Fresh violence has broken out in parts of Kenya as the country's fragile power-sharing deal appeared to be on the brink of collapse. Raila Odinga's ODM party suspended talks with President Mwai Kibaki yesterday, accusing him of trying to "monopolise power".
Almost six weeks have passed since Mr Kibaki and Mr Odinga agreed to share power, but they have yet to agree on a cabinet. Under the terms of the deal struck by Kofi Annan, the two sides were supposed to share cabinet positions 50/50. Crucially, it was also agreed that there would be "portfolio balance" to ensure that the largest ministries were shared equally.
ODM has accused Mr Kibaki of trying to keep the most influential ministries for his own party. One official close to the Annan talks said Mr Kibaki appeared to be breaking the spirit of the deal. "We all know what real power-sharing looks like. You can't give one side the ministry of finance and the other side the ministry of chickens," he said.
A Western diplomat in Nairobi said President Kibaki had been "got at" by hardliners in his PNU party. At a meeting with Mr Odinga on Thursday, Mr Kibaki had agreed to give two prominent ministries – Local Government and Foreign Affairs – to ODM. But following a meeting with his own ministers Mr Kibaki changed his mind.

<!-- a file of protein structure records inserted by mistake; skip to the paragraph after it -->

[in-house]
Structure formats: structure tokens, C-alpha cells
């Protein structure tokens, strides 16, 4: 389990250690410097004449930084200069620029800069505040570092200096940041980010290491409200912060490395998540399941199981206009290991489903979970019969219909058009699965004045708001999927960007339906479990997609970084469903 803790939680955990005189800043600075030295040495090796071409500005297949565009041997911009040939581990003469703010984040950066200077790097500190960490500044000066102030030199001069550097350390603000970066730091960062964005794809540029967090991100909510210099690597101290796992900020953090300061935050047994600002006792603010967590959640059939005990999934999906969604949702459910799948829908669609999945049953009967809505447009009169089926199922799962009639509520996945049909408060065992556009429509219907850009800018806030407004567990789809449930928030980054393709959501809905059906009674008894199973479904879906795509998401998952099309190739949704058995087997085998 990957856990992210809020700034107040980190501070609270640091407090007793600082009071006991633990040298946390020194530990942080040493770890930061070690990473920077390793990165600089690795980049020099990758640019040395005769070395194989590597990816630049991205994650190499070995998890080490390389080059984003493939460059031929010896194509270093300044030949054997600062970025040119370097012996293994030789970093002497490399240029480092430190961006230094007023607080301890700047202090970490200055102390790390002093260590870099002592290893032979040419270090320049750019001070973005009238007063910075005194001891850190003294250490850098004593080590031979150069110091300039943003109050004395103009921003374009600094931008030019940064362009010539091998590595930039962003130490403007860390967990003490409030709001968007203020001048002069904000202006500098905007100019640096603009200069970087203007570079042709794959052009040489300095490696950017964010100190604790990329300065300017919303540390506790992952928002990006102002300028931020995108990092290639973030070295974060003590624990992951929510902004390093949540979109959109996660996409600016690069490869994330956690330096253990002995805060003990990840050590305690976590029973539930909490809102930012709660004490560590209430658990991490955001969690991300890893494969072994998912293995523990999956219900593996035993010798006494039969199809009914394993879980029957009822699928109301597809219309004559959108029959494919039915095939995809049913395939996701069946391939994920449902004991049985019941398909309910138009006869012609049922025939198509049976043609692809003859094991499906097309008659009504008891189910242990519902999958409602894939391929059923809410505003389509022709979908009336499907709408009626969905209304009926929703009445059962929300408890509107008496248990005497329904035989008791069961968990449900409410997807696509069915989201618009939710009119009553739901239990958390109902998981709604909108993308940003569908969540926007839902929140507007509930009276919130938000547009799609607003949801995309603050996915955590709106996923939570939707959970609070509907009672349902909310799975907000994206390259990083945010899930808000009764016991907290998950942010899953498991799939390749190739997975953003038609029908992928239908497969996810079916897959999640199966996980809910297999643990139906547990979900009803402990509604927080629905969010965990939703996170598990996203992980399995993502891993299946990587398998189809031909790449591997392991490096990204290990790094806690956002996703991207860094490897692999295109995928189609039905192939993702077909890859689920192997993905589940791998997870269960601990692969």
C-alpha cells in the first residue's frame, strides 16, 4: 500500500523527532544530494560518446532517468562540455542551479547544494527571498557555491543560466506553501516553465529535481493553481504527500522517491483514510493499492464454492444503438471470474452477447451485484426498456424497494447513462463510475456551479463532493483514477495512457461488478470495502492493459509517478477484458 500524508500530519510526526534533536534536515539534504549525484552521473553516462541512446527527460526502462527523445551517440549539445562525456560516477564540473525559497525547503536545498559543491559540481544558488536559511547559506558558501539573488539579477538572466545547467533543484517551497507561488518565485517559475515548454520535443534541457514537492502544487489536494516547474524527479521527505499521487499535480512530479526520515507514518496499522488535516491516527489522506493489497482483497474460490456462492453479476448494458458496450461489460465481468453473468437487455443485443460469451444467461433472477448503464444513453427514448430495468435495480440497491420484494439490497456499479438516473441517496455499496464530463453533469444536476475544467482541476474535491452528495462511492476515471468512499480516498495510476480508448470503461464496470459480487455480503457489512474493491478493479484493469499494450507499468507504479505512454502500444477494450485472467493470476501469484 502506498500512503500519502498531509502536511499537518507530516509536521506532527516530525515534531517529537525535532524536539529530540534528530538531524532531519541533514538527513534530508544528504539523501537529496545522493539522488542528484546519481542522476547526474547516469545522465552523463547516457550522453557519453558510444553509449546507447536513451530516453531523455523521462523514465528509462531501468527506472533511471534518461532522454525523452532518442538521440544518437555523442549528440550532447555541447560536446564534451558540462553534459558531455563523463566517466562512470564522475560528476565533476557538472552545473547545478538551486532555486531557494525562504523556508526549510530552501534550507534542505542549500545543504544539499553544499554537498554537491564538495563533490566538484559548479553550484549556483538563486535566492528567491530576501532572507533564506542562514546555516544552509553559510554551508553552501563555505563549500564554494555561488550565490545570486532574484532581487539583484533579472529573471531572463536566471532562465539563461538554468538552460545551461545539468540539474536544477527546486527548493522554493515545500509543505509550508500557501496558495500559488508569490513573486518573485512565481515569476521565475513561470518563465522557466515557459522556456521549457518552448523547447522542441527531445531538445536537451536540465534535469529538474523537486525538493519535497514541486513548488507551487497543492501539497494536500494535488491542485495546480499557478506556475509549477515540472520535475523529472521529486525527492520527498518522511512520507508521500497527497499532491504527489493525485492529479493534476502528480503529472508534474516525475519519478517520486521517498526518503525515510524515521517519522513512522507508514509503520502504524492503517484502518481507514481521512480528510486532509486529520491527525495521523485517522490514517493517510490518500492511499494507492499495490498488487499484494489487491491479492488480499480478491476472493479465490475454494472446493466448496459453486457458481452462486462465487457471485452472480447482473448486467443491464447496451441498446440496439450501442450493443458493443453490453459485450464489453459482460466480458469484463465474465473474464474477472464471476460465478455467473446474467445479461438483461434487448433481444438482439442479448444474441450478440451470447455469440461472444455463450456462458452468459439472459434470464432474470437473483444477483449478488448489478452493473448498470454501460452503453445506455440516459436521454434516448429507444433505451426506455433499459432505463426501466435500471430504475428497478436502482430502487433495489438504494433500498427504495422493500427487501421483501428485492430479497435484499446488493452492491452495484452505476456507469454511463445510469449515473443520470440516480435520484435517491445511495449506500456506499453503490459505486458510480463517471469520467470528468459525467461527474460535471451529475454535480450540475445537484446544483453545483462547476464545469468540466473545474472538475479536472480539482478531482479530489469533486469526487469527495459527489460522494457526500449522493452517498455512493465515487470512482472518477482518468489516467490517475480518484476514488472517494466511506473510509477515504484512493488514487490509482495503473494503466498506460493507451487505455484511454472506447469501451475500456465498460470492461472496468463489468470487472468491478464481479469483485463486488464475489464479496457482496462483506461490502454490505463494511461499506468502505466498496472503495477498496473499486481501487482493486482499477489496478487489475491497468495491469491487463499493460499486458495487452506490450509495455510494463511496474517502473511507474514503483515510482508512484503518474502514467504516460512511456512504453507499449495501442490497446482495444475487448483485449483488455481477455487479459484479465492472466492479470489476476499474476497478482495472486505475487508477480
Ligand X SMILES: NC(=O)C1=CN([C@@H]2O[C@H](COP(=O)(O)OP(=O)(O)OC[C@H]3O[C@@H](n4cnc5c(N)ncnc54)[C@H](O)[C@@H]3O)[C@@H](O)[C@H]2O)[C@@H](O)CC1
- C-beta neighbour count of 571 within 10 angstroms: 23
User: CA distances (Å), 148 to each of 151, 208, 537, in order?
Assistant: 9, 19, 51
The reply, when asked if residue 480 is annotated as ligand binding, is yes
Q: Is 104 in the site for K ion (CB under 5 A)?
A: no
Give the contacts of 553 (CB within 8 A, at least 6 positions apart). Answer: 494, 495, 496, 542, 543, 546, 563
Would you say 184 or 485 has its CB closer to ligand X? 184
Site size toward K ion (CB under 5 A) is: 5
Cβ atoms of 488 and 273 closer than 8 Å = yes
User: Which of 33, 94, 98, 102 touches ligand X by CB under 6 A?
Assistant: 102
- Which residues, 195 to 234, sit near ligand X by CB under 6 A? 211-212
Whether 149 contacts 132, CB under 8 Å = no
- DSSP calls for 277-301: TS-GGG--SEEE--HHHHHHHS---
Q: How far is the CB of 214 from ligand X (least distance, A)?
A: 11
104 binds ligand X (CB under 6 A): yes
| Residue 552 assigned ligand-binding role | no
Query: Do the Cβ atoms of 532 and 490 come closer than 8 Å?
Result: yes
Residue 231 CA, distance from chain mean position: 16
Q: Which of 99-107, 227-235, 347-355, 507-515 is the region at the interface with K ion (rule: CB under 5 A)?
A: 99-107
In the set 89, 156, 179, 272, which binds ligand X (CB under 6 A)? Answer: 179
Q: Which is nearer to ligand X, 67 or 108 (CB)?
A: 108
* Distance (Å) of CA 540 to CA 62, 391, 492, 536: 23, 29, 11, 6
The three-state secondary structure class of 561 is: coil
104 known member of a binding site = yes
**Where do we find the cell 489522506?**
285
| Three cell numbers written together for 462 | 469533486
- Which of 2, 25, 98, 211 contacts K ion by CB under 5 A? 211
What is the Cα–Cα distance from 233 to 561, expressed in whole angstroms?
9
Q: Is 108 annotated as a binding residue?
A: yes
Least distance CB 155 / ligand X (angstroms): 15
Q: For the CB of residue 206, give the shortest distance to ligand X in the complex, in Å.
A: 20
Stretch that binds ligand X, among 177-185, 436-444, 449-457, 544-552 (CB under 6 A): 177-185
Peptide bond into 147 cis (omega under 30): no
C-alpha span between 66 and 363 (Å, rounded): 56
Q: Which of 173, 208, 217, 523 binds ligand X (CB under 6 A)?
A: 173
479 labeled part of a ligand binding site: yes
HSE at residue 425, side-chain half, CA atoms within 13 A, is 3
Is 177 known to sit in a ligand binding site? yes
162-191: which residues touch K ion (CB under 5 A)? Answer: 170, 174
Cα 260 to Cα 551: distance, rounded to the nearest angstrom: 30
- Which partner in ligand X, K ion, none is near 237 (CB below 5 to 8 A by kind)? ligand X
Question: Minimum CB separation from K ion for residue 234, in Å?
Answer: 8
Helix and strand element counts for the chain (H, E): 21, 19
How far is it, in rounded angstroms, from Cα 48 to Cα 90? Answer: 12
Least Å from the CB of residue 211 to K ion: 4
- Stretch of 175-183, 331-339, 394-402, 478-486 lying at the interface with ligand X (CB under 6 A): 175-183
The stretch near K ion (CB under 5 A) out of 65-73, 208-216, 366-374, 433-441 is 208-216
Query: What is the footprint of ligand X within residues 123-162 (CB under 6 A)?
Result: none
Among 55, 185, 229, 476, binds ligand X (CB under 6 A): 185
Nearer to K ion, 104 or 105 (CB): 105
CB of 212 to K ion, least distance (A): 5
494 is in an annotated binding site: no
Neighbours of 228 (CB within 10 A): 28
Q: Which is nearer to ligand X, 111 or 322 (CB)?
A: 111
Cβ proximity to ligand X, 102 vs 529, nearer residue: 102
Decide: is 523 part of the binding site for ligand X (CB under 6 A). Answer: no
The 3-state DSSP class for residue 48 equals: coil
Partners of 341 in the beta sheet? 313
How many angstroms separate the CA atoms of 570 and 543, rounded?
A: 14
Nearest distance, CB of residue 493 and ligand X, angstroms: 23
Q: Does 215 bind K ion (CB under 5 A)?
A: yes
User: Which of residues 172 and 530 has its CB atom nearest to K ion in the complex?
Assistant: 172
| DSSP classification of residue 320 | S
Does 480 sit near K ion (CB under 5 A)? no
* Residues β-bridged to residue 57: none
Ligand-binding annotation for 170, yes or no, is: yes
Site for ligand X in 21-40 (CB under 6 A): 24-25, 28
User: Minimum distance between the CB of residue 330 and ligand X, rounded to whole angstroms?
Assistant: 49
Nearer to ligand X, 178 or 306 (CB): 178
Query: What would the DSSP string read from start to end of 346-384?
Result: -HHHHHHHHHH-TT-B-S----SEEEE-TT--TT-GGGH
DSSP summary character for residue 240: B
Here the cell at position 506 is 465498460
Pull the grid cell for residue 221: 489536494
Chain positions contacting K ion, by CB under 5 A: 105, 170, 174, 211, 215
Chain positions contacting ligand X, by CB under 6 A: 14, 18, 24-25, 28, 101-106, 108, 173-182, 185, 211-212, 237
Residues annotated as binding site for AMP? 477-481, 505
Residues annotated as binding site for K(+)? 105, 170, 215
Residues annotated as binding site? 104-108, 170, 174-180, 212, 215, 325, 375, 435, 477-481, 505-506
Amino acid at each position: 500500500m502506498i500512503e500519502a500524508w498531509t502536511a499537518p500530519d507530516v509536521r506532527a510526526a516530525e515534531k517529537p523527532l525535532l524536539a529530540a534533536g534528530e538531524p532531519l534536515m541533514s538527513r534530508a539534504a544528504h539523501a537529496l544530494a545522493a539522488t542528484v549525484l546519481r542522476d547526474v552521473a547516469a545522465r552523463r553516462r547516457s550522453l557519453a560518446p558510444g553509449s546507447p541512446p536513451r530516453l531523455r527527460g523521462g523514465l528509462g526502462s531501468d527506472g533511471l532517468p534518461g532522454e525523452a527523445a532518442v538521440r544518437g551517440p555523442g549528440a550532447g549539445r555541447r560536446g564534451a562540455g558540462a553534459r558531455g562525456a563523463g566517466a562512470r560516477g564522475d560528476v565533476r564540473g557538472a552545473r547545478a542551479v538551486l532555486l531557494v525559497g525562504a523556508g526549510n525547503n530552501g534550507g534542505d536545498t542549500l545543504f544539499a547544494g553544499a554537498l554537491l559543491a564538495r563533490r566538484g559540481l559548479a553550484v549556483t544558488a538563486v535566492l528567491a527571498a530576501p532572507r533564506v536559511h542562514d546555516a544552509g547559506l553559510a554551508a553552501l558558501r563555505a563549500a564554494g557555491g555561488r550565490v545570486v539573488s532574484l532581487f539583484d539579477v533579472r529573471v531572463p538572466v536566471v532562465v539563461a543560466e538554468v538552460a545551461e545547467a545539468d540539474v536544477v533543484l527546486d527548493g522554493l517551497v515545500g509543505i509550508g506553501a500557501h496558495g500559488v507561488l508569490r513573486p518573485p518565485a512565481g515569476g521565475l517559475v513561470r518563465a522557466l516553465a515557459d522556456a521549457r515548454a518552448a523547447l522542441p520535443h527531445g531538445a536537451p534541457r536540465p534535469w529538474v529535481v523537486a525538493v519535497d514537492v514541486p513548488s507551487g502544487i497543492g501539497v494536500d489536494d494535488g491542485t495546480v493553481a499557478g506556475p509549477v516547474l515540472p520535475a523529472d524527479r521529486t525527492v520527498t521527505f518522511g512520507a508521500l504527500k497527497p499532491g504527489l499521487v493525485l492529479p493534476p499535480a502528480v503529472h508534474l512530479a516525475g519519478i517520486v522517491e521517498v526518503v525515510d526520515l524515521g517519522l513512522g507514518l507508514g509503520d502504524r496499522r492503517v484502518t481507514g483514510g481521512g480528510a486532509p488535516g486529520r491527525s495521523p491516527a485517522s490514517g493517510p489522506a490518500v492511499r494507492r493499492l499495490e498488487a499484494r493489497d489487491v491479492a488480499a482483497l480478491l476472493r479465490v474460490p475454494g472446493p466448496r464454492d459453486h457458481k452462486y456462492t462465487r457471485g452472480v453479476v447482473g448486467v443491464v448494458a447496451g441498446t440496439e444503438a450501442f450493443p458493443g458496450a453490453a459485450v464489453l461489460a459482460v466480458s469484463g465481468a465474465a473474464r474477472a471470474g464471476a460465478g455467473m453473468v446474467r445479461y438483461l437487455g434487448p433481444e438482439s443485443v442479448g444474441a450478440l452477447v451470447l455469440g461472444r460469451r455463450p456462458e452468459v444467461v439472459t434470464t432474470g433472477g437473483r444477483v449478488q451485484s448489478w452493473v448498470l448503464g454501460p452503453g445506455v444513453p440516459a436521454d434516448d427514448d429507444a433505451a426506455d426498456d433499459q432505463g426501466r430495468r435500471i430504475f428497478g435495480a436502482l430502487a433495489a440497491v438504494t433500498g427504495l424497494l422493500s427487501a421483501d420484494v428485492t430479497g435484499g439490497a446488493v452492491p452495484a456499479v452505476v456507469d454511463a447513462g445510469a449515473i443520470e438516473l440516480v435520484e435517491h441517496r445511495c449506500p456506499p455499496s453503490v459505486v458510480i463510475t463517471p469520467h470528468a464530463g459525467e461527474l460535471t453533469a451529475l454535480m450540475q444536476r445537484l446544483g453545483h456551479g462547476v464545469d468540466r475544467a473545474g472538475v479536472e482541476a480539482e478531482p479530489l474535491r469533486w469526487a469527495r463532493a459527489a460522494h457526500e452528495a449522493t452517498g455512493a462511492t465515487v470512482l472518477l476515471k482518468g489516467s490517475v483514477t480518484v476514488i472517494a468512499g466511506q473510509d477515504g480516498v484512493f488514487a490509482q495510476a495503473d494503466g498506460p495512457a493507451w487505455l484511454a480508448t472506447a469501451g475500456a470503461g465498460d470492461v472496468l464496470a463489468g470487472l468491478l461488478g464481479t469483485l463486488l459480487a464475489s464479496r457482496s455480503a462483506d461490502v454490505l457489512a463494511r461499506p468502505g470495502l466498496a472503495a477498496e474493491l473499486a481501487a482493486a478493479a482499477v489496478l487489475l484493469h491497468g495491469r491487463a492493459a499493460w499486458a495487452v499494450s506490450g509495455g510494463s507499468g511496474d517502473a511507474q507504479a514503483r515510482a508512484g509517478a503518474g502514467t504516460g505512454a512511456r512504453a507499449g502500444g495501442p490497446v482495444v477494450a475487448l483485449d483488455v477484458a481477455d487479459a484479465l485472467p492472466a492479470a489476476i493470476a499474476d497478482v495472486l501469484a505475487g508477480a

After Mr Odinga's announcement, violence broke out in Nairobi and the western city of Kisumu. Young men in Kibera, a Nairobi slum, burned tyres and shouted "No Cabinet! No peace!" Paramilitary police fired tear gas in a repeat of the original skirmishes that broke out after the announcement of the presidential result in December.
Mr Annan last week expressed his frustration at the inability of Mr Kibaki and Mr Odinga to make any progress since he left at the end of February. There have been calls from civil society activists for him to return but he has limited his involvement to phone calls with both leaders.
Both sides still appear hopeful that an agreement will be found, but if it takes this long to agree on a cabinet, few Kenyans expect their new government to be able to agree on more important matters.
Hundreds of thousands of people remain displaced following the violence in January. Mr Kibaki and Mr Odinga last month asked the international community for almost £250m to help rebuild the country.